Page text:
As someone constantly on the lookout for talent to either staff or recruit, I come across many resumes. And barring a few, most resumes suck! And I think that’s because everyone knows how to write a “good resume,” thanks to the internet or the business comms class in college or that $14 book that picked up on how to smash interviews out of the park.
And despite all their expertise, people would “float” their resumes around for validation or “feedback” for trashy advice in return. I think someone needs to bring about a revolution in this space; or have the humility to heed the following advice to the tee:
- A resume is a marketing document for your brand.
- It should fit on a single page. Anything longer doesn’t serve the purpose and is inefficient. Recruiters don’t have all the time in the world to review your biopic; their time is valuable.
- If your resume doesn’t reflect your capacity to do the job you’re applying for, you’re sending them yet another document that will either be trashed, archived or passed on to someone else who will criticise or archive it.
- If possible, use bullet points; not many of them, though, bullets kill, and this isn’t war. An alternative to bullets will be plain text indented to the right.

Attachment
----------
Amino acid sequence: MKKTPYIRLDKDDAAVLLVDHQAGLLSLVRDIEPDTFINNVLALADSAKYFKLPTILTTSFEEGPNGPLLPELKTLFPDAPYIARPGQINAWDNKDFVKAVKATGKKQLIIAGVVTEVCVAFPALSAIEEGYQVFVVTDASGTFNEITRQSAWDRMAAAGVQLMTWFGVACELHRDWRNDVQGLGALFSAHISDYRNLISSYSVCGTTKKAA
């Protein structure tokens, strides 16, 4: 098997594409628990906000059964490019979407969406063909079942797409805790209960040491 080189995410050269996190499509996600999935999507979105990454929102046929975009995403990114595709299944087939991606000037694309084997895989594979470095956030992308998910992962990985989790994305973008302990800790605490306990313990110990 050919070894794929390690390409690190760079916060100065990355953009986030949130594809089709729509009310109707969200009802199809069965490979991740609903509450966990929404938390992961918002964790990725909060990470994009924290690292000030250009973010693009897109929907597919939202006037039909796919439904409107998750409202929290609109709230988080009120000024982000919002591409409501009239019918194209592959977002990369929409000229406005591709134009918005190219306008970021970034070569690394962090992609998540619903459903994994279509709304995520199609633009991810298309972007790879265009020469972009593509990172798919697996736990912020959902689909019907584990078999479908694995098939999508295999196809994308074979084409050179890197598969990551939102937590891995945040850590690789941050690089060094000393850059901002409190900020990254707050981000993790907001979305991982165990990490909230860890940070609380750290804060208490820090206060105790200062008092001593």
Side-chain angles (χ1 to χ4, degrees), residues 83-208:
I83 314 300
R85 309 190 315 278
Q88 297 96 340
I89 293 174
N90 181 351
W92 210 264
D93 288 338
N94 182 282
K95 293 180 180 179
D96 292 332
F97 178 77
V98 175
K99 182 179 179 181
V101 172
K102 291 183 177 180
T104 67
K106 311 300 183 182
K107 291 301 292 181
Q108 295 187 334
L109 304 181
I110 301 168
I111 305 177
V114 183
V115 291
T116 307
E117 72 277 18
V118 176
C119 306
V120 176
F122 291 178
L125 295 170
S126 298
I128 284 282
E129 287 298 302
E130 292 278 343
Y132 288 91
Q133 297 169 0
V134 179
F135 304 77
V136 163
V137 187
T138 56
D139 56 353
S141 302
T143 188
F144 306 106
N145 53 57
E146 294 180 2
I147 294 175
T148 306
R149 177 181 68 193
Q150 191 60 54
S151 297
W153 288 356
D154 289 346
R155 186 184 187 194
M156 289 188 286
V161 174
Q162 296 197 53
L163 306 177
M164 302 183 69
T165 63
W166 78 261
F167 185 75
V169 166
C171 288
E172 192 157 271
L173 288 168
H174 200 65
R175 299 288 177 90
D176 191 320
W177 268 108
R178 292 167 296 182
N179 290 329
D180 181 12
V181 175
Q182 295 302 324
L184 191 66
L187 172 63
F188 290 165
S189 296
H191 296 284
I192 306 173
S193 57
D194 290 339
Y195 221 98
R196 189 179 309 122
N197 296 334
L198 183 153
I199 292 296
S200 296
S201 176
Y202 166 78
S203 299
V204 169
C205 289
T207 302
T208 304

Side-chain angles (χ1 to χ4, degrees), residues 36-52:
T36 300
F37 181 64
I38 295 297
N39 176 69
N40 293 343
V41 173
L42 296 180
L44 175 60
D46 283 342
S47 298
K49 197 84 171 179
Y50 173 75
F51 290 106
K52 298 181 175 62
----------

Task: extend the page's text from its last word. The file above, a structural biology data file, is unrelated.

- Use strong but straightforward verbs such as led, managed, created, built, sold, exceeded, presented, collaborated, implemented, and succeeded. It’s okay to repeat this across the document; the idea is to make an impression while communicating your ability to make an impact.
- Don’t add unnecessary information that doesn’t add value. Nobody gives a damn about your date of birth, gender, hobbies (reading isn’t one… it’s a necessity), the number of languages you know but haven’t mastered, the only country that you went to for a conference sponsored by your company.
I love this statement from A-J Aronstein, Dean of Barnard College’s Career Center (much of the ideas on this post were inspired from his original piece):
Résumés do violence to language. They are poetry, inverted. You must dry the joy from the bones of words; drain the human sauce; leave a laboured husk printed on eggshells. Only then can you guilelessly communicate that you were on the dean’s list at your university for five of eight total semesters. And hope it matters.
Do yourself a favour — write a resume that matters to your recipient. Include the things that they care about. How would you know that? Research, please. If you’re worried that will take away the time you spend on applying for new jobs, believe me, mindlessly clicking on that damned “easy apply” button isn’t going to land you a job.
A well-thought-out resume and cover letter sent to a company you want to work for are far more effective. But make the resume about them by including things that are important to them and how your experience can add value to their objectives.